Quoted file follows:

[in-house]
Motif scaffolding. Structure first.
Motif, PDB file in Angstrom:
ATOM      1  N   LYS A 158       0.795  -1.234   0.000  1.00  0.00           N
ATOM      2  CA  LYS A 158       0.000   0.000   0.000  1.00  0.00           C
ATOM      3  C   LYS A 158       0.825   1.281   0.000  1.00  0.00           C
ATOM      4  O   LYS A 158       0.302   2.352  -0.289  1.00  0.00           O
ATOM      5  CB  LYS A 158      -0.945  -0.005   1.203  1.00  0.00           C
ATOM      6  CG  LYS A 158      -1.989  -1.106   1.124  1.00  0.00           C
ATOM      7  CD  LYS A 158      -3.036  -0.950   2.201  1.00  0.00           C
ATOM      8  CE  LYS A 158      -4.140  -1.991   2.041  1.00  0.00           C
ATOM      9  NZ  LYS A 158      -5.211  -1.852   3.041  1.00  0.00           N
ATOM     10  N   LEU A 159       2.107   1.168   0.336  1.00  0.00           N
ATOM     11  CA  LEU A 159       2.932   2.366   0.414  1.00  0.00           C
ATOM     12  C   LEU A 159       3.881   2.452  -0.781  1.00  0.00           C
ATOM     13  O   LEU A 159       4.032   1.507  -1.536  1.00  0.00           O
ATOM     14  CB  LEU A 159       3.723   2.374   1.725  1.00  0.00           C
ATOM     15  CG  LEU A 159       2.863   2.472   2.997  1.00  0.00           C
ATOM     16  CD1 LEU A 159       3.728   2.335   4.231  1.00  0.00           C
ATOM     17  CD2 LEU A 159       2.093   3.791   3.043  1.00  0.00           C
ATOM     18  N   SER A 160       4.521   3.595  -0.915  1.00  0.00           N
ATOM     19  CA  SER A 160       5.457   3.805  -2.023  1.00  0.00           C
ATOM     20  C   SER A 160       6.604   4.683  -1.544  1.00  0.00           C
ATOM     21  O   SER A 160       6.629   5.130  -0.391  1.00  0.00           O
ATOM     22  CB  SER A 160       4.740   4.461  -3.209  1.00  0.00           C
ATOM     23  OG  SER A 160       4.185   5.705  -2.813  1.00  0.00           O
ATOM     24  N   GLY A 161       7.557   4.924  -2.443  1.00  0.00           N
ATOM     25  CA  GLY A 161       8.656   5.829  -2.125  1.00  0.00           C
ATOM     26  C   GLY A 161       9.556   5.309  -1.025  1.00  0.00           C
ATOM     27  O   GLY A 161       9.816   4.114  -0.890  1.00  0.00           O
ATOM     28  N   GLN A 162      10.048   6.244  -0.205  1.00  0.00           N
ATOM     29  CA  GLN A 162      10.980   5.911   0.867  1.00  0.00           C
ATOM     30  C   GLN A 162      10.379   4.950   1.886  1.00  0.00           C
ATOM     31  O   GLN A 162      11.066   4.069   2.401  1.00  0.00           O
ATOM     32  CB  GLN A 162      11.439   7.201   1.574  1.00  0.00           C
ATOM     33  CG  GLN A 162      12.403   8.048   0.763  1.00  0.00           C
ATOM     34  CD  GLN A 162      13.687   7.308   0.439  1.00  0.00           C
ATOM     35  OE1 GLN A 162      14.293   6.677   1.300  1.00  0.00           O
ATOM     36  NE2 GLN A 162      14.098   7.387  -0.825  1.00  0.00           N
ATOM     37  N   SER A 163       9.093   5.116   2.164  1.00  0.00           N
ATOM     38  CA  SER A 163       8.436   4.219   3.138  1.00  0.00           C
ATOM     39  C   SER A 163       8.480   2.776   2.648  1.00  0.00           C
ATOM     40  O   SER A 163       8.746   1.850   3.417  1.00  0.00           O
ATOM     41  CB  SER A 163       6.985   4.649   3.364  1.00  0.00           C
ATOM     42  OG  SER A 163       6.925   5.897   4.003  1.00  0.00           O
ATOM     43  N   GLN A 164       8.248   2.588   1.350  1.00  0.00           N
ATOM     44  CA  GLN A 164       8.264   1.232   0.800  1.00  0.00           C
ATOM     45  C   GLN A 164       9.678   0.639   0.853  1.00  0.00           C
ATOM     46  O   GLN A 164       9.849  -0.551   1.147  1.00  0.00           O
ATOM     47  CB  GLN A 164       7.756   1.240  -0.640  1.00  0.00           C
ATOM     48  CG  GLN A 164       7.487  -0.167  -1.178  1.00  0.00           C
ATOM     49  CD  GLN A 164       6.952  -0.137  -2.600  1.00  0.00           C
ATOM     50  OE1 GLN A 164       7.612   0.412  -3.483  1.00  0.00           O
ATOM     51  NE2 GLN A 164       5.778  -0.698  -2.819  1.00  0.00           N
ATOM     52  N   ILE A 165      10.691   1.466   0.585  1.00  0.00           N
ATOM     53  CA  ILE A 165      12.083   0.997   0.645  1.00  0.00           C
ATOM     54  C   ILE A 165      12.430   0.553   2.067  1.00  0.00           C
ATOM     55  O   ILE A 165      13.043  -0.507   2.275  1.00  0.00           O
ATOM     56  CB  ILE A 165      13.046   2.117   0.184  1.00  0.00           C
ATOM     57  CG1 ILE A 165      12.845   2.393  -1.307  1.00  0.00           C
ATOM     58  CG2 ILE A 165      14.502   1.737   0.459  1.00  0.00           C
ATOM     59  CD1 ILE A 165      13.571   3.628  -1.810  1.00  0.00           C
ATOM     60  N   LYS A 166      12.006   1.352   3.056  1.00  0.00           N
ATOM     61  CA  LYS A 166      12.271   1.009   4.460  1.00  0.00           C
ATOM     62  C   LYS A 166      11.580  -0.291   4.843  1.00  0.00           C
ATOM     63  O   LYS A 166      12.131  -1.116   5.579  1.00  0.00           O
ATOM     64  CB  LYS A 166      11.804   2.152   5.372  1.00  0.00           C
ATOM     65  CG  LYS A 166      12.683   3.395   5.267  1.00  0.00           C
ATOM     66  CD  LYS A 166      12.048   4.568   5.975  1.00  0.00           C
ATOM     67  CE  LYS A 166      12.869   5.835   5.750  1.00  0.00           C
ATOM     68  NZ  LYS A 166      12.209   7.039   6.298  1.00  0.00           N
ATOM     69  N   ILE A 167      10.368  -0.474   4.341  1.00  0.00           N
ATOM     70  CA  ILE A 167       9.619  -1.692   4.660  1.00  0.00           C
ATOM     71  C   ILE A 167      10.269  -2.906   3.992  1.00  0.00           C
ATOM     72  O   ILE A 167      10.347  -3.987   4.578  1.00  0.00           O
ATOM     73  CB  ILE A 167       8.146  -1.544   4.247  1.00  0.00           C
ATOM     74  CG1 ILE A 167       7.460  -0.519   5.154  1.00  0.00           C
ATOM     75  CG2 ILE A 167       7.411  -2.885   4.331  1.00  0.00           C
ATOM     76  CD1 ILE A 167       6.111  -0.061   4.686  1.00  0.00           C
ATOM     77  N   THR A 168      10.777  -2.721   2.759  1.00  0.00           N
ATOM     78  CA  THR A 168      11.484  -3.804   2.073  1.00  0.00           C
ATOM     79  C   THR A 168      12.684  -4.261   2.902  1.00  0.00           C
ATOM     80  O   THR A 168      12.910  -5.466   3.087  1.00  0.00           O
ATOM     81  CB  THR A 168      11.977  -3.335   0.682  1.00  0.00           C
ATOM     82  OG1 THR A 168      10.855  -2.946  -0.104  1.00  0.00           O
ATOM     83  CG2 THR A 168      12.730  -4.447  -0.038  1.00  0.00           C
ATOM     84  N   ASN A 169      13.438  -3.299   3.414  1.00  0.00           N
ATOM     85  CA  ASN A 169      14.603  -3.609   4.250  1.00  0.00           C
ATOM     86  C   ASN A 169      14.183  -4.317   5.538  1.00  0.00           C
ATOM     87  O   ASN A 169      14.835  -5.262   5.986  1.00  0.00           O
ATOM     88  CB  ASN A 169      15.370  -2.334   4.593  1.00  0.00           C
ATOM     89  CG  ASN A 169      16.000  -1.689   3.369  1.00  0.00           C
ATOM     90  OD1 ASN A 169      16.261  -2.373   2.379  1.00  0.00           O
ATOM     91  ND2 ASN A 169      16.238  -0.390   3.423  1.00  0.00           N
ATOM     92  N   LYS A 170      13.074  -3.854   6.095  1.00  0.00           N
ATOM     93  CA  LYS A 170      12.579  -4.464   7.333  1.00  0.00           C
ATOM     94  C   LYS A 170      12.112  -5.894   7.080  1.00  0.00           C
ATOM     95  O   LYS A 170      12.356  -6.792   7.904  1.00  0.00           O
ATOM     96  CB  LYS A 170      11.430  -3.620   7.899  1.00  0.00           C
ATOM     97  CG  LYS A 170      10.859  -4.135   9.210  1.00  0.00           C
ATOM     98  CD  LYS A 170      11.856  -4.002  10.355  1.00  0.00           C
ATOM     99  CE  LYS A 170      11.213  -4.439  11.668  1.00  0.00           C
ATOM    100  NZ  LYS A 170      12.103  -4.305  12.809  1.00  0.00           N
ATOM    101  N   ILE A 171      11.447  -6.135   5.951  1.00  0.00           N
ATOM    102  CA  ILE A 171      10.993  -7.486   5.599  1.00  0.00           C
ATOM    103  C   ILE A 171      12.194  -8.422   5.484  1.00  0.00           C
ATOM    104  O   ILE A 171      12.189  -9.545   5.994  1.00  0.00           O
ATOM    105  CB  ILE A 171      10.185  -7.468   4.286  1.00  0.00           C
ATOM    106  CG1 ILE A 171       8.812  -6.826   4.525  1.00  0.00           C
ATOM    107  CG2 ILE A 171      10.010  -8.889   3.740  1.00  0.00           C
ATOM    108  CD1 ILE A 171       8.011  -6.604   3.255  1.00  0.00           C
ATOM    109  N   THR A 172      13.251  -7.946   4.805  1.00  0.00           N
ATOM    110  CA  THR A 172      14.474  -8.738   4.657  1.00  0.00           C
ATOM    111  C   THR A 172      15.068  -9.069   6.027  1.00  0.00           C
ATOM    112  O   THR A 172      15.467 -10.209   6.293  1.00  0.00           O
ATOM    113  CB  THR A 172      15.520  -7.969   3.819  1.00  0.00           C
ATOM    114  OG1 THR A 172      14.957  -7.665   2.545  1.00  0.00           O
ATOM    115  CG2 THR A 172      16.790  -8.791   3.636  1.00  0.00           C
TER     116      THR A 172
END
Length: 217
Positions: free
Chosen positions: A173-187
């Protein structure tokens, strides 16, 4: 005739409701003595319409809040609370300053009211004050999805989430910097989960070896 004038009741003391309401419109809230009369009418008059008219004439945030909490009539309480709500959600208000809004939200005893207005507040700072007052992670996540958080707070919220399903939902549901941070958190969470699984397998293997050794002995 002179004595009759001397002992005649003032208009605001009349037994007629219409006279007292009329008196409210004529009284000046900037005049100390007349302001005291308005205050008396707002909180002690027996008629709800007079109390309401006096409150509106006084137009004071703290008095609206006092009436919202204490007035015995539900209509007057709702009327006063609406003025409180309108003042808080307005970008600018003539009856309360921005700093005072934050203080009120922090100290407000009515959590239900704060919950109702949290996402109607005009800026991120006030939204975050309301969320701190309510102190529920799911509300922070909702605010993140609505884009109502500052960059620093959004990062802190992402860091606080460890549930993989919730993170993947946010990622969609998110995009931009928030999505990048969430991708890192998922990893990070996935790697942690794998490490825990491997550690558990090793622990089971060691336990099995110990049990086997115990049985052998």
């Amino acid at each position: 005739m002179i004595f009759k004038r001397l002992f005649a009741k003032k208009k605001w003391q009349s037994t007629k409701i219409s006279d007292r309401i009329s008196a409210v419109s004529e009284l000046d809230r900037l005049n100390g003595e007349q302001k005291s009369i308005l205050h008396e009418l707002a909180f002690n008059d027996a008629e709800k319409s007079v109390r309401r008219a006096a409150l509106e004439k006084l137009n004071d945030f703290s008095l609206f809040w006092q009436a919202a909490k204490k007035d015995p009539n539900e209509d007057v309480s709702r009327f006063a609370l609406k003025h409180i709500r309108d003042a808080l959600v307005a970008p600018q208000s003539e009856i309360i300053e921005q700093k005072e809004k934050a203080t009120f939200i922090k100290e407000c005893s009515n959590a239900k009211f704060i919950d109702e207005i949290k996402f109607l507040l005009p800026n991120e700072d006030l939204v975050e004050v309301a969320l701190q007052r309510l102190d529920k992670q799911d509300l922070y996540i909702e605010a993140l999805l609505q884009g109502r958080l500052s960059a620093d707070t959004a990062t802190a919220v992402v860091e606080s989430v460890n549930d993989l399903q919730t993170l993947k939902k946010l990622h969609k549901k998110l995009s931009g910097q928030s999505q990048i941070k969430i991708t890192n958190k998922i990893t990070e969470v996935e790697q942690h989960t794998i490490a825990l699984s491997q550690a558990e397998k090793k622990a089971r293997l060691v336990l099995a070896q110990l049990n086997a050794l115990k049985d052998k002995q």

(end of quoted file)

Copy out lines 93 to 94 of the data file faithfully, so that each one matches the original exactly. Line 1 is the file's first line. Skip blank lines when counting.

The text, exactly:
ATOM     90  OD1 ASN A 169      16.261  -2.373   2.379  1.00  0.00           O
ATOM     91  ND2 ASN A 169      16.238  -0.390   3.423  1.00  0.00           N